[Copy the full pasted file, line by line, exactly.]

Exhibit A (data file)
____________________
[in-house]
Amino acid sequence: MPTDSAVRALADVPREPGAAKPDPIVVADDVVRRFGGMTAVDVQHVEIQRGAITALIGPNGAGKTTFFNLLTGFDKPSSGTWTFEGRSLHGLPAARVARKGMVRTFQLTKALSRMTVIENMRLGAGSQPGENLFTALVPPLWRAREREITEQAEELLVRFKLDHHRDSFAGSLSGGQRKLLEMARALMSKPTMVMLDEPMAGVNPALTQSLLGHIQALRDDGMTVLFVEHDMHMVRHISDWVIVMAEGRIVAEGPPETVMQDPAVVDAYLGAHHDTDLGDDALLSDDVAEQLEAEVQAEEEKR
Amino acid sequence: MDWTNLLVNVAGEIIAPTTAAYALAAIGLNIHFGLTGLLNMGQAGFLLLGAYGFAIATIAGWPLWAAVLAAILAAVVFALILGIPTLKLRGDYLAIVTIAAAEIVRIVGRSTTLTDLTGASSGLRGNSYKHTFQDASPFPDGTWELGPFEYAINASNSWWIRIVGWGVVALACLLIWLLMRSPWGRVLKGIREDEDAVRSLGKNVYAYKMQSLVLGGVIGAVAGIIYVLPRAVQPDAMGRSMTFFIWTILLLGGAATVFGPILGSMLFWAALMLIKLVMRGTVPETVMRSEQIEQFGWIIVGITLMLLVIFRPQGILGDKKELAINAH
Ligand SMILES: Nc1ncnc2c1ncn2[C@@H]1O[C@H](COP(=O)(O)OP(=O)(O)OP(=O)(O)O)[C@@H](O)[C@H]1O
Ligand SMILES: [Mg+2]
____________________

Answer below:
[in-house]
Amino acid sequence: MPTDSAVRALADVPREPGAAKPDPIVVADDVVRRFGGMTAVDVQHVEIQRGAITALIGPNGAGKTTFFNLLTGFDKPSSGTWTFEGRSLHGLPAARVARKGMVRTFQLTKALSRMTVIENMRLGAGSQPGENLFTALVPPLWRAREREITEQAEELLVRFKLDHHRDSFAGSLSGGQRKLLEMARALMSKPTMVMLDEPMAGVNPALTQSLLGHIQALRDDGMTVLFVEHDMHMVRHISDWVIVMAEGRIVAEGPPETVMQDPAVVDAYLGAHHDTDLGDDALLSDDVAEQLEAEVQAEEEKR
Amino acid sequence: MDWTNLLVNVAGEIIAPTTAAYALAAIGLNIHFGLTGLLNMGQAGFLLLGAYGFAIATIAGWPLWAAVLAAILAAVVFALILGIPTLKLRGDYLAIVTIAAAEIVRIVGRSTTLTDLTGASSGLRGNSYKHTFQDASPFPDGTWELGPFEYAINASNSWWIRIVGWGVVALACLLIWLLMRSPWGRVLKGIREDEDAVRSLGKNVYAYKMQSLVLGGVIGAVAGIIYVLPRAVQPDAMGRSMTFFIWTILLLGGAATVFGPILGSMLFWAALMLIKLVMRGTVPETVMRSEQIEQFGWIIVGITLMLLVIFRPQGILGDKKELAINAH
Ligand SMILES: Nc1ncnc2c1ncn2[C@@H]1O[C@H](COP(=O)(O)OP(=O)(O)OP(=O)(O)O)[C@@H](O)[C@H]1O
Ligand SMILES: [Mg+2]